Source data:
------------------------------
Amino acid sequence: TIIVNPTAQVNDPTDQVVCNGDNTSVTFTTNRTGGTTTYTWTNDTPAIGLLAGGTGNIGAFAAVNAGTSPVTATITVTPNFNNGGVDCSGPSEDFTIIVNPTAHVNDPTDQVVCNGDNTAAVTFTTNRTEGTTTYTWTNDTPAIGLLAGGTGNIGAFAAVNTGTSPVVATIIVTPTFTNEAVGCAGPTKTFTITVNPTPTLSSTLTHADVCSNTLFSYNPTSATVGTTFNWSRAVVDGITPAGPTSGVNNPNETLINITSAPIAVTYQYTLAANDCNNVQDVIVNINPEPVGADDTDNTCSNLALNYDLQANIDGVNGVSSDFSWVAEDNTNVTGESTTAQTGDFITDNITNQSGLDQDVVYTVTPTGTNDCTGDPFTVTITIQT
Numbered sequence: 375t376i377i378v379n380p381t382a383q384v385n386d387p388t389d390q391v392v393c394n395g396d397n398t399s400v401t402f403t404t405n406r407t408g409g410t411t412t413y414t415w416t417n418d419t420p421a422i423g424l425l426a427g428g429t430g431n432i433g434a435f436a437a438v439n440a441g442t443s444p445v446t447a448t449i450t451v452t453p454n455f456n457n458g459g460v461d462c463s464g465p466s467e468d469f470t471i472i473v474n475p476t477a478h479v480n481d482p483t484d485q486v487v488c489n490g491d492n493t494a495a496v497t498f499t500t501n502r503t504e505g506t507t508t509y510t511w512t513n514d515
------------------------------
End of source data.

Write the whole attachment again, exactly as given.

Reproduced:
Amino acid sequence: TIIVNPTAQVNDPTDQVVCNGDNTSVTFTTNRTGGTTTYTWTNDTPAIGLLAGGTGNIGAFAAVNAGTSPVTATITVTPNFNNGGVDCSGPSEDFTIIVNPTAHVNDPTDQVVCNGDNTAAVTFTTNRTEGTTTYTWTNDTPAIGLLAGGTGNIGAFAAVNTGTSPVVATIIVTPTFTNEAVGCAGPTKTFTITVNPTPTLSSTLTHADVCSNTLFSYNPTSATVGTTFNWSRAVVDGITPAGPTSGVNNPNETLINITSAPIAVTYQYTLAANDCNNVQDVIVNINPEPVGADDTDNTCSNLALNYDLQANIDGVNGVSSDFSWVAEDNTNVTGESTTAQTGDFITDNITNQSGLDQDVVYTVTPTGTNDCTGDPFTVTITIQT
Numbered sequence: 375t376i377i378v379n380p381t382a383q384v385n386d387p388t389d390q391v392v393c394n395g396d397n398t399s400v401t402f403t404t405n406r407t408g409g410t411t412t413y414t415w416t417n418d419t420p421a422i423g424l425l426a427g428g429t430g431n432i433g434a435f436a437a438v439n440a441g442t443s444p445v446t447a448t449i450t451v452t453p454n455f456n457n458g459g460v461d462c463s464g465p466s467e468d469f470t471i472i473v474n475p476t477a478h479v480n481d482p483t484d485q486v487v488c489n490g491d492n493t494a495a496v497t498f499t500t501n502r503t504e505g506t507t508t509y510t511w512t513n514d515